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Sunday, March 26, 2017

The 4 strongest arguments for a big bear market (and why all are wrong) Part 1

Valuation by Shiller PE:
This is one of the strongest arguments for a bear market. The CAPE or Shiller P/E ratio which calculates the  P/E ratio by taking the inflation adjusted earnings over the last decade, is currently around 30 (this is an older chart but it shows fantastic info so I used it).  Periods when CAPE was over 22 are shaded. What it does show is that in general; stocks have a hard time making much progress when CAPE is that high.

Periods of elevated CAPE are from
1986 to 1910
1968 to 1982
and 1996 to virtually all the way to today with a brief interlude in between.
Also this chart is the total return index as in the value of investment with dividends reinvested. This shows that in spite of dividends reinvested, the total return is definitely weaker in those periods.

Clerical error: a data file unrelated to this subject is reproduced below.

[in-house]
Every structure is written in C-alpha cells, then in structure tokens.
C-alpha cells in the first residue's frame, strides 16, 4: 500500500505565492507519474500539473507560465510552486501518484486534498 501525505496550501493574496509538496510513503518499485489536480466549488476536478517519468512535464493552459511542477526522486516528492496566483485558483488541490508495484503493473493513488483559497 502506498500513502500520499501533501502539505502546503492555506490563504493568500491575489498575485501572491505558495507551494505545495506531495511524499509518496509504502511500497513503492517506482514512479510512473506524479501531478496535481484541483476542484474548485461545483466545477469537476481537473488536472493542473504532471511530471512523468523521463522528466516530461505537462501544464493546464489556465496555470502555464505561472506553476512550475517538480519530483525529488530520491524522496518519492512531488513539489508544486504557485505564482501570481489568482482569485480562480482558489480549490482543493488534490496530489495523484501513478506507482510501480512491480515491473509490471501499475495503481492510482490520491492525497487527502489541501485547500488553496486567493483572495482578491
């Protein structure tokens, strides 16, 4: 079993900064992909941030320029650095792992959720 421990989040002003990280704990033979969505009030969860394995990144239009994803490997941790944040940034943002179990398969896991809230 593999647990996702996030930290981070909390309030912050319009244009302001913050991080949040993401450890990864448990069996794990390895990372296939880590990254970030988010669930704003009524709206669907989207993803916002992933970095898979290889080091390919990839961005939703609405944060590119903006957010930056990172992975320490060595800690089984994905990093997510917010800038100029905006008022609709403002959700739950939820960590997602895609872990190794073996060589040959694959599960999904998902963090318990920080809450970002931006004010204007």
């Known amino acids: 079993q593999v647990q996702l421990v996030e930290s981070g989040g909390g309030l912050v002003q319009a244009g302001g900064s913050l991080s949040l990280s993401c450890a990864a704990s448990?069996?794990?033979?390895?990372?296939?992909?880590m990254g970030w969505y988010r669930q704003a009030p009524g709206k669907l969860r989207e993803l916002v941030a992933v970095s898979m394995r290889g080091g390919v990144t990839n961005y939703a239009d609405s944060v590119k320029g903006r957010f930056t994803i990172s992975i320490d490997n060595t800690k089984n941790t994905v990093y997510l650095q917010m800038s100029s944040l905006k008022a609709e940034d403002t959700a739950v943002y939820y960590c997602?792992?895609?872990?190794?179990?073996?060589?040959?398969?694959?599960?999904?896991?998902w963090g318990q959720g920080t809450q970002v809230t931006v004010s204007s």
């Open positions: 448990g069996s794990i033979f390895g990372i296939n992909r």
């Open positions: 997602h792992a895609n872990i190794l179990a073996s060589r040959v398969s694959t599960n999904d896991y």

But anyone using CAPE alone is missing the big picture. As the second chart shows, stocks have returned on average 1% after inflation even during elevated CAPE. 

But the range is astronomical. If you expect 4% inflation average over the next 10 years, your total nominal returns on stock could be a -10% to 120%. You could certainly lock in a guaranteed 27% in a 10 year bond for part of the portfolio and current yield jump certainly makes bonds a lot more appealing than they were before.
By itself CAPE/Shiller P/E suggest that the markets will likely not make large inflation adjusted headway in the years to come. But the range is so huge that it is next to useless as a forecasting tool and certainly no guarantee that the bull market is ending.

Stocks will still beat bonds (most likely) if we have moderate to high inflation.
Shiller P/E is the reason though that I am heavily underweight US in my portfolio and have all my long term holdings in REITS and Energy. Both sectors are heavily out of favour and many REITS where I have the lion’s share of the portfolio are trading at single digit multiples.  

To be continued....

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